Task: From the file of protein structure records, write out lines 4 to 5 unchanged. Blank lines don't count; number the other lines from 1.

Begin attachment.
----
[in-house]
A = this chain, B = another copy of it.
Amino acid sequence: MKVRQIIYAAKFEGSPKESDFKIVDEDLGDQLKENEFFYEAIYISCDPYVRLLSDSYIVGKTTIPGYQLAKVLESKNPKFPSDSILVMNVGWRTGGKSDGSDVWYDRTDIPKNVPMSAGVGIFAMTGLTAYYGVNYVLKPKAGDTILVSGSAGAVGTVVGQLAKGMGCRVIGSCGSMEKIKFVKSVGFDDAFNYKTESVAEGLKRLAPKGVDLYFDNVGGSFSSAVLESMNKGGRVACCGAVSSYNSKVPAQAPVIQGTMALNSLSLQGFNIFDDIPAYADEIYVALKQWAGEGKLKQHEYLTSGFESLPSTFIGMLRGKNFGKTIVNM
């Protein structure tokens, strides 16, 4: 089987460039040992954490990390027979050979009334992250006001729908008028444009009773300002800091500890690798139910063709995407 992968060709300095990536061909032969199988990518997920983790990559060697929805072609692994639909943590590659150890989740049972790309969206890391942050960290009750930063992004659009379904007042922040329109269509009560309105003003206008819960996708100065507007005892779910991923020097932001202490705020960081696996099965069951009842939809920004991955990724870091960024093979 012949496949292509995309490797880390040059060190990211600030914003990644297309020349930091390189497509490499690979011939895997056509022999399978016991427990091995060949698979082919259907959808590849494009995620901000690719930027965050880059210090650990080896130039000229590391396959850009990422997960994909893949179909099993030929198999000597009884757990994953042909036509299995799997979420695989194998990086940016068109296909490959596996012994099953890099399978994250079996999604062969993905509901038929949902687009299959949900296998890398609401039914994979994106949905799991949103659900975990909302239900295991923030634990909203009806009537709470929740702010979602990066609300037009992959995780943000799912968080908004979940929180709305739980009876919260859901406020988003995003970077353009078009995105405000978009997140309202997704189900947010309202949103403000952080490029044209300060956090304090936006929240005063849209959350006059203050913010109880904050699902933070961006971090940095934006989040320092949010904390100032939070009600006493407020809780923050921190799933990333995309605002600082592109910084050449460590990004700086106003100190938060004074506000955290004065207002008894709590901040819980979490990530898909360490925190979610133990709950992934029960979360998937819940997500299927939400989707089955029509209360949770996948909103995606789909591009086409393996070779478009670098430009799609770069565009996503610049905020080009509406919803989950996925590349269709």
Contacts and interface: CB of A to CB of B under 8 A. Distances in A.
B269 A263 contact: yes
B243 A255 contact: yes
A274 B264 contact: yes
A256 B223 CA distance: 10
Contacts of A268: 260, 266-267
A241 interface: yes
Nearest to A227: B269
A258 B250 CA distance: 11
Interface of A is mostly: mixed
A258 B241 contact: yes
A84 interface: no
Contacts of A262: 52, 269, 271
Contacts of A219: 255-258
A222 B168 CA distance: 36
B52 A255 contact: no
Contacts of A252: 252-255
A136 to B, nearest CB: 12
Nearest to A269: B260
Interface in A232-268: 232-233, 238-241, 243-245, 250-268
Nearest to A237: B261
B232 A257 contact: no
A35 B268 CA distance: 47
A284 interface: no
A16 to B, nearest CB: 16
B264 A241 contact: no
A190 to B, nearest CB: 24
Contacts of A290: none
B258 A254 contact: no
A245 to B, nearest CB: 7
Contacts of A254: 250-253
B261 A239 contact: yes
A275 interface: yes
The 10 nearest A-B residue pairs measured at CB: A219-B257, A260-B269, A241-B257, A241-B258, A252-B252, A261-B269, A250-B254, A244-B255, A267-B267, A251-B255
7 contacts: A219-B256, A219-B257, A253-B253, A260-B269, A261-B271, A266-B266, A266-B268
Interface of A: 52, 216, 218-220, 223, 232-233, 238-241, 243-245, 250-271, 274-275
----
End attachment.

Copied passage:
């Protein structure tokens, strides 16, 4: 089987460039040992954490990390027979050979009334992250006001729908008028444009009773300002800091500890690798139910063709995407 992968060709300095990536061909032969199988990518997920983790990559060697929805072609692994639909943590590659150890989740049972790309969206890391942050960290009750930063992004659009379904007042922040329109269509009560309105003003206008819960996708100065507007005892779910991923020097932001202490705020960081696996099965069951009842939809920004991955990724870091960024093979 012949496949292509995309490797880390040059060190990211600030914003990644297309020349930091390189497509490499690979011939895997056509022999399978016991427990091995060949698979082919259907959808590849494009995620901000690719930027965050880059210090650990080896130039000229590391396959850009990422997960994909893949179909099993030929198999000597009884757990994953042909036509299995799997979420695989194998990086940016068109296909490959596996012994099953890099399978994250079996999604062969993905509901038929949902687009299959949900296998890398609401039914994979994106949905799991949103659900975990909302239900295991923030634990909203009806009537709470929740702010979602990066609300037009992959995780943000799912968080908004979940929180709305739980009876919260859901406020988003995003970077353009078009995105405000978009997140309202997704189900947010309202949103403000952080490029044209300060956090304090936006929240005063849209959350006059203050913010109880904050699902933070961006971090940095934006989040320092949010904390100032939070009600006493407020809780923050921190799933990333995309605002600082592109910084050449460590990004700086106003100190938060004074506000955290004065207002008894709590901040819980979490990530898909360490925190979610133990709950992934029960979360998937819940997500299927939400989707089955029509209360949770996948909103995606789909591009086409393996070779478009670098430009799609770069565009996503610049905020080009509406919803989950996925590349269709």
Contacts and interface: CB of A to CB of B under 8 A. Distances in A.